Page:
One Night Only with Author Emma Heatherington
The County Tyrone author talks about her latest novel, juggling jobs and using Northern Ireland as a literary backdrop
Emma Heatherington is a very busy woman. No one knows this better than me, as its taken the best part of two weeks to set up this interview; we’ve been dancing around each other with the elegance and poise of two characters in her novels; star-crossed and doomed, never to be together until the closing pages (or, in this case, on discovering auto reply on the phone).
Heatherington's newest novel, One Night Only, is her seventh in only six years (at one point she was writing one every six months). Added to that the fact that she works full-time as an arts sector PR and freelance writer, and is a mother of three, and it’s easy to forgive her for being somewhat elusive.
The 37-year-old's workload is varied and would kill a pack mule: she is a commissioned scriptwriter for the Bing Creative Network, and facilitates educational drama workshops on a freelance basis. 'I’m lucky to have such variety in my work,' she admits.
'I write for all sorts of genres in my day job; it could be a dark theatrical piece about mental health or a children’s puppet show.'
But always there are the books ticking away in the background; the lyrical, frothy romances under her own name and grittier, suspenseful page turners under the name of Emma Louise Jordan, which she likens, felicitously, to a boy band releasing an indie record.
One Night Only tells the story of four women in their 30s, each looking for some sort of release from the hum drum, and not so hum drum, domesticity of their lives. They all have their problems: brutish husbands, low self esteem and, surprisingly, voluntary childlessness.
Yet they manage to find a kind of redemption on a day trip to Donegal through a series of lightly comical set pieces and some girls-together camaraderie.
Heatherington, who hails from Donaghmore in County Tyrone, doesn’t have to look far for the inspiration for her writing. 'I think it’s just the plight of women in their 30s,' she says. 'I have four sisters, all at different stages of our lives, though the characters aren’t based on them. Women have so many roles – there’s home, work, being a mother, being a good daughter. You feel sometimes as though you’re on a hamster’s wheel.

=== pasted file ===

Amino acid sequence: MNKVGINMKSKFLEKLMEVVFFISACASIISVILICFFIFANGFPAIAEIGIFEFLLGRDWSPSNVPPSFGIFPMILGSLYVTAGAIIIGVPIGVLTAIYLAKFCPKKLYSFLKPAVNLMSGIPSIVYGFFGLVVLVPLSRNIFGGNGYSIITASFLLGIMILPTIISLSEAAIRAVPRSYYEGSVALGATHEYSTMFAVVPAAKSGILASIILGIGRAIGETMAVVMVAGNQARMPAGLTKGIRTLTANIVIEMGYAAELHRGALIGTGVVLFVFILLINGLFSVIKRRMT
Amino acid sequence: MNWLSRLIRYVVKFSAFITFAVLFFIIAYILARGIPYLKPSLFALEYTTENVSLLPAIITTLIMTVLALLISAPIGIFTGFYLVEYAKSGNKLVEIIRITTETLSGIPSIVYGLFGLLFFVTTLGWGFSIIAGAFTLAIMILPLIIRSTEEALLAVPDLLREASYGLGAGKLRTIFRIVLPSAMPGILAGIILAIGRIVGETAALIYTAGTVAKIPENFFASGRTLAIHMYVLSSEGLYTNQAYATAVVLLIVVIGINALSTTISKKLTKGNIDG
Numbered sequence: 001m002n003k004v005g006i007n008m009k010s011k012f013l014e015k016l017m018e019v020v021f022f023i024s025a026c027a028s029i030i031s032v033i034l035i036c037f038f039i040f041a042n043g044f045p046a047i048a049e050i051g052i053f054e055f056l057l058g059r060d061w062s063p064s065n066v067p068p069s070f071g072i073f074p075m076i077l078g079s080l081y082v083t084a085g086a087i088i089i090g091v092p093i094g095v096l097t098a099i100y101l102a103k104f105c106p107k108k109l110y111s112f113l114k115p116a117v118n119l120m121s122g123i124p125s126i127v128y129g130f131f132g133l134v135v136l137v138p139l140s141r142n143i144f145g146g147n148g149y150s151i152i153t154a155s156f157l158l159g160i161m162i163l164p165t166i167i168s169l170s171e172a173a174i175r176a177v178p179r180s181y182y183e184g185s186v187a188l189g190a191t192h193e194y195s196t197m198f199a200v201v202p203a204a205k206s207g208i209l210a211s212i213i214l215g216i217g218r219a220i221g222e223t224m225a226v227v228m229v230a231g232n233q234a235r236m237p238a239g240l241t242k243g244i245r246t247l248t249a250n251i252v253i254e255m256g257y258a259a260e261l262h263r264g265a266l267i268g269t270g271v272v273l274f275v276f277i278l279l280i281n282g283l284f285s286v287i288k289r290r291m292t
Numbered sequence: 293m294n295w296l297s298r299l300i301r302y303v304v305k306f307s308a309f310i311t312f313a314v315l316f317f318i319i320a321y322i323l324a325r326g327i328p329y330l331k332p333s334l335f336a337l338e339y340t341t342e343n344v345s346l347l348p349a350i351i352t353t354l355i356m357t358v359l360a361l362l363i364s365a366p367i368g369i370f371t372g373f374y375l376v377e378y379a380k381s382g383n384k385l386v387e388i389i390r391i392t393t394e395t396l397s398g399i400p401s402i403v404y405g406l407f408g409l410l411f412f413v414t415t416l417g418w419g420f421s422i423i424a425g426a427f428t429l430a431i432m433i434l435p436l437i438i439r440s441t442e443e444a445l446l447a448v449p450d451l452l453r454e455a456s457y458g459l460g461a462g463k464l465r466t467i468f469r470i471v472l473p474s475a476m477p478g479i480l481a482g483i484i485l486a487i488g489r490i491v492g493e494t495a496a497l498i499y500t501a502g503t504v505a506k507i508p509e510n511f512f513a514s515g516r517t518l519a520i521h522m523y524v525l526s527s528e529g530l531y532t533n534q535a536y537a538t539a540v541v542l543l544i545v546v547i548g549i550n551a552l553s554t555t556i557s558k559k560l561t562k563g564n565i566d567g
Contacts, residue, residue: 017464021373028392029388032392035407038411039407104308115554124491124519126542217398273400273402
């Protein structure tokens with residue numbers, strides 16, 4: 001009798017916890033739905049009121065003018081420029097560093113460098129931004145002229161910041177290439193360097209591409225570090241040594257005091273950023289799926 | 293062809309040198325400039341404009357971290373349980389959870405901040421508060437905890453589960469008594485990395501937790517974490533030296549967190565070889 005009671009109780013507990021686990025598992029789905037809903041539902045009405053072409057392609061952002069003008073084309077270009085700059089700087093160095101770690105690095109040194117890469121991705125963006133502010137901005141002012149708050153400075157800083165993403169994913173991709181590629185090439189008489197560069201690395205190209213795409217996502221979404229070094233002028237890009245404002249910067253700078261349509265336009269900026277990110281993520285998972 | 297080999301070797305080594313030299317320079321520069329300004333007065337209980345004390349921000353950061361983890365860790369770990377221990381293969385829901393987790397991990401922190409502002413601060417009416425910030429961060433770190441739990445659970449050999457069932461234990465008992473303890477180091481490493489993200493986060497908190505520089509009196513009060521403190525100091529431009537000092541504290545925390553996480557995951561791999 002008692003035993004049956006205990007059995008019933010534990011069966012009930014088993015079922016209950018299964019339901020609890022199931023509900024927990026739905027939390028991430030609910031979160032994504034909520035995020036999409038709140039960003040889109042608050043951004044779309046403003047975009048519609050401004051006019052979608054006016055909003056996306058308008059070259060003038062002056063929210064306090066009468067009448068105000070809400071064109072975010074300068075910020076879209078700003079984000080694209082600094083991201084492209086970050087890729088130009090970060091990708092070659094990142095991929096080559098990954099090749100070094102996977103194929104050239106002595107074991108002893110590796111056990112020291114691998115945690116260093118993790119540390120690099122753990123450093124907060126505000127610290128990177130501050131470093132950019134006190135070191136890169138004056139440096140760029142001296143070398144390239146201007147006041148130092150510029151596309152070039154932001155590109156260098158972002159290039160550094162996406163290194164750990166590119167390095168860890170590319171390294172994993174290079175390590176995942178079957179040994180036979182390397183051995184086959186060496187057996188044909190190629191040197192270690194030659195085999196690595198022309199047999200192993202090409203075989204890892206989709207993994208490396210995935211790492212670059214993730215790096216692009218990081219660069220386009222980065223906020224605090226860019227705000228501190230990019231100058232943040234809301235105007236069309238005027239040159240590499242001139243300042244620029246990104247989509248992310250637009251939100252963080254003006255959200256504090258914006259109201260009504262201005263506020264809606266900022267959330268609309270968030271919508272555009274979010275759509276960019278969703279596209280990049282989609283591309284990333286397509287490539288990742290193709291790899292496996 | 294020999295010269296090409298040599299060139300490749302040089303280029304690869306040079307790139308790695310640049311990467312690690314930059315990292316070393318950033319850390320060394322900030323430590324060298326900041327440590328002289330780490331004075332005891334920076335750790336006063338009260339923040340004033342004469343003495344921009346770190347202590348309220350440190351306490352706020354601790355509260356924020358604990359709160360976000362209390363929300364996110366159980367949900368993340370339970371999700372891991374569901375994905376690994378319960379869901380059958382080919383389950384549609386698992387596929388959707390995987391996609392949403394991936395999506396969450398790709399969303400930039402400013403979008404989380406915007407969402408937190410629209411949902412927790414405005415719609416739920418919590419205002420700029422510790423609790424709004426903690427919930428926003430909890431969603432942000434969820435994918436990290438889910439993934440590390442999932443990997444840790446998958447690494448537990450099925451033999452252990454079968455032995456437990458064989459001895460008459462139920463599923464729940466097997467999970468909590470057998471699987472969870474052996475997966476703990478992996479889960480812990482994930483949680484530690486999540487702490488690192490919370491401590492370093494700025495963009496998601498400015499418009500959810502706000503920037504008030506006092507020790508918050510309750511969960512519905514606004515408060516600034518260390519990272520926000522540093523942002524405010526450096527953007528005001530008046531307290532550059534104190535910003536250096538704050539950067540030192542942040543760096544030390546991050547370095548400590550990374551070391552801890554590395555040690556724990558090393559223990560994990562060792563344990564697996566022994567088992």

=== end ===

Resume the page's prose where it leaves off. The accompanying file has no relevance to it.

'The book is really about four women taking a break to get away from all of that, even if it’s just for a day. So they set off to Donegal and learn things about each other and themselves. Women can be quite hard on each other, quite bitchy, and that’s reflected in the book. But the girls realise they all have flaws and weaknesses, and when they return they have a totally different mind-set.'
Does the author ultimately see her herself in the characters? Is there an Emma 'manqué' in the cast? 'Not really,' Heatherington laughs. 'Though it is an interesting concept. Ruth was this mysterious character at the start. She’s been away a long time and she’d been the class bully when they were all kids, but now she’s returned she’s a wreck, and she’s looking for another chance.
'I could really visualise her and started to root for her, whereas at the start it was Polly – she’s running around with Cheerios in her hair – a normal mum, perhaps a bit unappreciated by the family. And they all change. Sometimes it is just a case of stepping outside your normal routine and looking at yourself. And hopefully having a friend who can do the same, because they’ll see things you can’t.'
One Night Only, like all of Heatherington's books – such as Crazy For You, Since You've Been Gone and Playing the Field – is anchored very firmly in Northern Ireland, in the people she knows and the places she loves. Not for her the upper-class London social scene, or glitzy New York setting.
'I love everything about where I live,' she declares. 'I love the Causeway. I should work for the tourist board! There’s something about the people here too, the warmth in our sense of humour, our ability to laugh at ourselves, the sense of ease, of family...'
All of that, of course, is also reflected in her latest novel, which is, fortuitously, already in the shops in time for the holiday season. Heatherington is not pretentious – she admits that seeing her books on the shelves is gives her an enduring thrill. Yet, for her, it's not enough. There is always the next project to turn to.
Having achieved so much, are there any further unfulfilled ambitions? 'My longstanding dream is to write a feature film. I’m going to the Tyrone Guthrie Centre at Annaghmakerrig in June. It’s a writers retreat, and I want to have it all planned before I go so I can work on the screenplay there.' For some, the thought might be daunting. For Emma Heatherington, 'It’ll be bliss.'
One Night Only is out now, published by Poolbeg Press.